LightSquared inks wholesale deal with VoIP provider netTALK

Amid continued worry that its proposed wholesale LTE network will produce harmful GPS interference, LightSquared is still signing up customers. The company's latest: a deal with, a VoIP service provider.

The two companies inked a multi-year wholesale sale. Under the agreement, netTALK will become a wholesale customer on LightSquared's planned LTE network, and will develop its own branded voice and high-speed mobile data services for its customers.

NetTALK, which was formed in 2009, sells a product call DUO, which allows customers to make free nationwide calls to any landline or mobile phone in the U.S. and Canada from anywhere in the world. The device allows users to connect directly to an Internet connection through a router/modem, rather than passively through a computer. NetTALK also has a free video chat application, a smartphone application conference bridge services.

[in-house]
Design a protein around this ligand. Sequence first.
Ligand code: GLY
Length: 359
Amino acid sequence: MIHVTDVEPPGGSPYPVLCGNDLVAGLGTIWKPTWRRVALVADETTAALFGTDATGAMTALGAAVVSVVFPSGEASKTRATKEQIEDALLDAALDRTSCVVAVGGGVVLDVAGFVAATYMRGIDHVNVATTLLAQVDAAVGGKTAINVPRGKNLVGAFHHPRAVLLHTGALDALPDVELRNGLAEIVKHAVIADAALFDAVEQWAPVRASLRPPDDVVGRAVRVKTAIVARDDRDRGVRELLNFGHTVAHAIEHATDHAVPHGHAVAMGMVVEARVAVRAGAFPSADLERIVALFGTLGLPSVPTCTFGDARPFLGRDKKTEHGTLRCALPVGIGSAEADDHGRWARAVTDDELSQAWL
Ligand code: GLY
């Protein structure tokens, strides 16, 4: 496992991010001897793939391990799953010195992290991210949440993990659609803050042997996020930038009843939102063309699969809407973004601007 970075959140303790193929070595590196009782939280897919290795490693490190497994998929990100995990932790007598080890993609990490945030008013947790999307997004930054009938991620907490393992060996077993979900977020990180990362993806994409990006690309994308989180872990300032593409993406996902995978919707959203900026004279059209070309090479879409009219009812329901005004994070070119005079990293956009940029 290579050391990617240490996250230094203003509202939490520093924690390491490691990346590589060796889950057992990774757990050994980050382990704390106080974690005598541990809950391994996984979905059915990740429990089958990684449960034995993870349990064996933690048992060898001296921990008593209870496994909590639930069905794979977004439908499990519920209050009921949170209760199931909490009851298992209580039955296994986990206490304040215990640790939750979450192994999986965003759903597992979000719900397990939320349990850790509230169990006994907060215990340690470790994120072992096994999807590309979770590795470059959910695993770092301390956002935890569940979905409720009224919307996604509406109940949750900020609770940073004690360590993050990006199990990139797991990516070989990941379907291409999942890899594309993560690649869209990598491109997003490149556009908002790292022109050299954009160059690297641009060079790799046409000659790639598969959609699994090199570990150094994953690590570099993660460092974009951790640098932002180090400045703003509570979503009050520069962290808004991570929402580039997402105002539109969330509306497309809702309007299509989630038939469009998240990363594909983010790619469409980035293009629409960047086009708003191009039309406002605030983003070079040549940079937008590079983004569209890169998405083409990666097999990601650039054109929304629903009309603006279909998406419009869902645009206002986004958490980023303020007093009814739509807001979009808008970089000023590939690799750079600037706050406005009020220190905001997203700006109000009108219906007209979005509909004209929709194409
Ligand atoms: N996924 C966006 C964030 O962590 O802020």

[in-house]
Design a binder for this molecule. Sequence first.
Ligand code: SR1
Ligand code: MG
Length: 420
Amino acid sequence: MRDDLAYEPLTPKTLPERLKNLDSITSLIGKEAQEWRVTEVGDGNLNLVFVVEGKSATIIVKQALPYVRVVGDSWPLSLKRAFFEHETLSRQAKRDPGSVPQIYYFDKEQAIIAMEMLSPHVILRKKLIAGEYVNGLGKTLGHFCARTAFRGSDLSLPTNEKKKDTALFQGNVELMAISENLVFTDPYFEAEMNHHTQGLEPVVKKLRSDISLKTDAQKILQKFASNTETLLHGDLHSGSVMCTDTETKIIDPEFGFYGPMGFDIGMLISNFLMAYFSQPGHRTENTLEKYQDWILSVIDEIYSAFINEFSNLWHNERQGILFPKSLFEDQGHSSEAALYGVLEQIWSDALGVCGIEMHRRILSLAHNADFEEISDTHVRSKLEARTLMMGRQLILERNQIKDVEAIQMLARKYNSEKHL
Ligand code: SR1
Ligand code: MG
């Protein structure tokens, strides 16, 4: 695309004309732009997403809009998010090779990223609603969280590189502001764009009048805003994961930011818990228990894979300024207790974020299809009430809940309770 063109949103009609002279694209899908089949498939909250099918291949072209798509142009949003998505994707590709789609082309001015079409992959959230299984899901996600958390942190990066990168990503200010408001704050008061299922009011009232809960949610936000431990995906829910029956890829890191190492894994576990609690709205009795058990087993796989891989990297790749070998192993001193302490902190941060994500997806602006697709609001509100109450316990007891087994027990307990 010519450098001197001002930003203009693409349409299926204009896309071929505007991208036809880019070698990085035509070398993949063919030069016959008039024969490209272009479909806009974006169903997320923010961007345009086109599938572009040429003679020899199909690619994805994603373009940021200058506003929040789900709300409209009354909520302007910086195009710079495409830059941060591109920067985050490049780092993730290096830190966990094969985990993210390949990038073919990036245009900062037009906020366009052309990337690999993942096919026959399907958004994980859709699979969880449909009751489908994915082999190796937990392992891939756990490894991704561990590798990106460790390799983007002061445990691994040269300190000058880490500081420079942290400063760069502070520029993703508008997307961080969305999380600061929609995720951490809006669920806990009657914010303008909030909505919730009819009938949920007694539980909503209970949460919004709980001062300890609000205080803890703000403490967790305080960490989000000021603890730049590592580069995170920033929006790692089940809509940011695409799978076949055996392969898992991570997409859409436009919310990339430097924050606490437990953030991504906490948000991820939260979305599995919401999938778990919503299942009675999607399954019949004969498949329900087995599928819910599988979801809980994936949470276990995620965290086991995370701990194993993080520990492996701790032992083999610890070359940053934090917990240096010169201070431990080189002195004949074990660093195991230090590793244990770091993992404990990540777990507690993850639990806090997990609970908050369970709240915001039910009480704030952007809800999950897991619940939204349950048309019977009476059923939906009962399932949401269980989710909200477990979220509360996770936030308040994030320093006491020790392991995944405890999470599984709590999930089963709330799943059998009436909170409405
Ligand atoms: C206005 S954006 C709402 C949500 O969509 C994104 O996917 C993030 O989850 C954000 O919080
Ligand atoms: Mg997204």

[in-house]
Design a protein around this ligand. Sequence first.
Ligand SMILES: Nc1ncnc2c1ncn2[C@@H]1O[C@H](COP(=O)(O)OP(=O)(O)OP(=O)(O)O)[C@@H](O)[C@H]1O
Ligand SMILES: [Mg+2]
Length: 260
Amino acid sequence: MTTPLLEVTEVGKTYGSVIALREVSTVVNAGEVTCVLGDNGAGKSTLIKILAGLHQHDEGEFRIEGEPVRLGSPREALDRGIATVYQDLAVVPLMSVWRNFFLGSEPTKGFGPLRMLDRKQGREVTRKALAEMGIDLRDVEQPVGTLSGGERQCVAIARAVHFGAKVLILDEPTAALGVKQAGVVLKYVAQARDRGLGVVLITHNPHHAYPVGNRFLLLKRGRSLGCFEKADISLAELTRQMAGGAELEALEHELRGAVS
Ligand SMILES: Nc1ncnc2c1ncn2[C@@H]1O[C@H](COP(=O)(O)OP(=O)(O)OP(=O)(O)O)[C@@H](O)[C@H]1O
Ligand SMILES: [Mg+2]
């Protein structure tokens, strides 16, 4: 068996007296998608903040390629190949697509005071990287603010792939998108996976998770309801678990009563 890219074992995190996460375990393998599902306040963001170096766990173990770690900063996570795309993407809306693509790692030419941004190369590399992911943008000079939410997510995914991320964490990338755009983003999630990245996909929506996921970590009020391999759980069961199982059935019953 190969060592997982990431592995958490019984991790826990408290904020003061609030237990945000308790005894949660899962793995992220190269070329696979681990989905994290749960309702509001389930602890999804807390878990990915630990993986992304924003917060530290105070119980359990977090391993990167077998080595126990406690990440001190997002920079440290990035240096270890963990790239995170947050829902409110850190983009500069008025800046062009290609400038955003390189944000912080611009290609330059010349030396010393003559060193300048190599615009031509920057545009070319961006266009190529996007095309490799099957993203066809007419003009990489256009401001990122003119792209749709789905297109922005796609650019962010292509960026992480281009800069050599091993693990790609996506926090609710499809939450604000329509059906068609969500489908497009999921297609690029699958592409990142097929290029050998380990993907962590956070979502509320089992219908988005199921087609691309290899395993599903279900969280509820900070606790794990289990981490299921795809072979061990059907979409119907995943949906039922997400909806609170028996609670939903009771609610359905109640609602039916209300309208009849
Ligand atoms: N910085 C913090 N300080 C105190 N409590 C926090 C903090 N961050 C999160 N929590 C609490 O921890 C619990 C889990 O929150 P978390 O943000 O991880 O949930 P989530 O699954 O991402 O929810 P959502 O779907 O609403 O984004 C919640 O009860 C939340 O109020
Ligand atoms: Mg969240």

NetTALK President Anastasios Kyriakides said the company is currently developing an affordable a total solutions package with a forthcoming products, including netTALK TV, as well as mobile broadband. He said the company has over half a million subscribers, primarily in the U.S. and Canada, and that netTALK will use LightSquared's network to deploy both voice and data services.

LightSquared has signed up several customers, including Leap Wireless (NASDAQ:LEAP), Cellular South, Best Buy and Open Range Communications. Reports also have indicated that LightSquared has consummated a network-hosting deal with Sprint Nextel (NYSE:S), though both LightSquared and Sprint have declined to confirm or deny the reports.

During a recent congressional hearing, lawmakers and officials from federal agencies called for more testing of LightSquared's LTE network to ensure that it does not interfere with GPS receivers. However, officials said they are still hopeful they can find a solution that will allow LightSquared to proceed with its network buildout while not harming GPS. LightSquared expects to submit a final report to the FCC on GPS interference tests by June 29. Kyriakides said his company is not concerned about potential GPS interference issues with LightSquared's network, noting LightSquared's plan to use the lower portion of its spectrum to launch its network, where there is less interference.

For more:
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Article updated June 28 with comment from netTALK.